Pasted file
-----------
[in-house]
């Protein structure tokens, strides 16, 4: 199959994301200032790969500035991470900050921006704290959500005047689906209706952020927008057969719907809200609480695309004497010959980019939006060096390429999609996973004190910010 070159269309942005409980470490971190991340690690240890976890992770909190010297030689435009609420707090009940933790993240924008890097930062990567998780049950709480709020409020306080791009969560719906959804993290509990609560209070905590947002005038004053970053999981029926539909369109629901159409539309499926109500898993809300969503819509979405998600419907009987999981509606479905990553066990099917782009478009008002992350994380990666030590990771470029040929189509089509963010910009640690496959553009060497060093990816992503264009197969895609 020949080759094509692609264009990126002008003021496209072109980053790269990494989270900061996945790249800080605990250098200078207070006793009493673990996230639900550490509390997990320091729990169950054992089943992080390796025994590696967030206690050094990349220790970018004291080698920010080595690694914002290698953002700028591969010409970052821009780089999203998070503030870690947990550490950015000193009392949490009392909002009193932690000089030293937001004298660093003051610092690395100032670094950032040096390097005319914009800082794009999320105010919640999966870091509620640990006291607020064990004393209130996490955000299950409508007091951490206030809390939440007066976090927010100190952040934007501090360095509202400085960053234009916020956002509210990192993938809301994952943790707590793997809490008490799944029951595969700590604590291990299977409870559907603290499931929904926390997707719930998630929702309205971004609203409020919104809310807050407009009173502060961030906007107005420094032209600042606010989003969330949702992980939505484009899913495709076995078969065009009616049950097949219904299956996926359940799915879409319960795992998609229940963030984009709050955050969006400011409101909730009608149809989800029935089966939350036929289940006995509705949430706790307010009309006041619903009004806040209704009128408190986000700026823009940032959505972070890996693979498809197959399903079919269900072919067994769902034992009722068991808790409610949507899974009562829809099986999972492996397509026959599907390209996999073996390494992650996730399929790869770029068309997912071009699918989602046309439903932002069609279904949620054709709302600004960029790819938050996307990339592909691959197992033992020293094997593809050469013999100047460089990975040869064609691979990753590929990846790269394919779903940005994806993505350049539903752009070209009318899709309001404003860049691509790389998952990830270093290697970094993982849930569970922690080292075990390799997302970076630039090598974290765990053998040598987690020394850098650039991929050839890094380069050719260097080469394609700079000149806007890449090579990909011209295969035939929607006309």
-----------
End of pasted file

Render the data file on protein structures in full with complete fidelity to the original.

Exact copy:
[in-house]
């Protein structure tokens, strides 16, 4: 199959994301200032790969500035991470900050921006704290959500005047689906209706952020927008057969719907809200609480695309004497010959980019939006060096390429999609996973004190910010 070159269309942005409980470490971190991340690690240890976890992770909190010297030689435009609420707090009940933790993240924008890097930062990567998780049950709480709020409020306080791009969560719906959804993290509990609560209070905590947002005038004053970053999981029926539909369109629901159409539309499926109500898993809300969503819509979405998600419907009987999981509606479905990553066990099917782009478009008002992350994380990666030590990771470029040929189509089509963010910009640690496959553009060497060093990816992503264009197969895609 020949080759094509692609264009990126002008003021496209072109980053790269990494989270900061996945790249800080605990250098200078207070006793009493673990996230639900550490509390997990320091729990169950054992089943992080390796025994590696967030206690050094990349220790970018004291080698920010080595690694914002290698953002700028591969010409970052821009780089999203998070503030870690947990550490950015000193009392949490009392909002009193932690000089030293937001004298660093003051610092690395100032670094950032040096390097005319914009800082794009999320105010919640999966870091509620640990006291607020064990004393209130996490955000299950409508007091951490206030809390939440007066976090927010100190952040934007501090360095509202400085960053234009916020956002509210990192993938809301994952943790707590793997809490008490799944029951595969700590604590291990299977409870559907603290499931929904926390997707719930998630929702309205971004609203409020919104809310807050407009009173502060961030906007107005420094032209600042606010989003969330949702992980939505484009899913495709076995078969065009009616049950097949219904299956996926359940799915879409319960795992998609229940963030984009709050955050969006400011409101909730009608149809989800029935089966939350036929289940006995509705949430706790307010009309006041619903009004806040209704009128408190986000700026823009940032959505972070890996693979498809197959399903079919269900072919067994769902034992009722068991808790409610949507899974009562829809099986999972492996397509026959599907390209996999073996390494992650996730399929790869770029068309997912071009699918989602046309439903932002069609279904949620054709709302600004960029790819938050996307990339592909691959197992033992020293094997593809050469013999100047460089990975040869064609691979990753590929990846790269394919779903940005994806993505350049539903752009070209009318899709309001404003860049691509790389998952990830270093290697970094993982849930569970922690080292075990390799997302970076630039090598974290765990053998040598987690020394850098650039991929050839890094380069050719260097080469394609700079000149806007890449090579990909011209295969035939929607006309």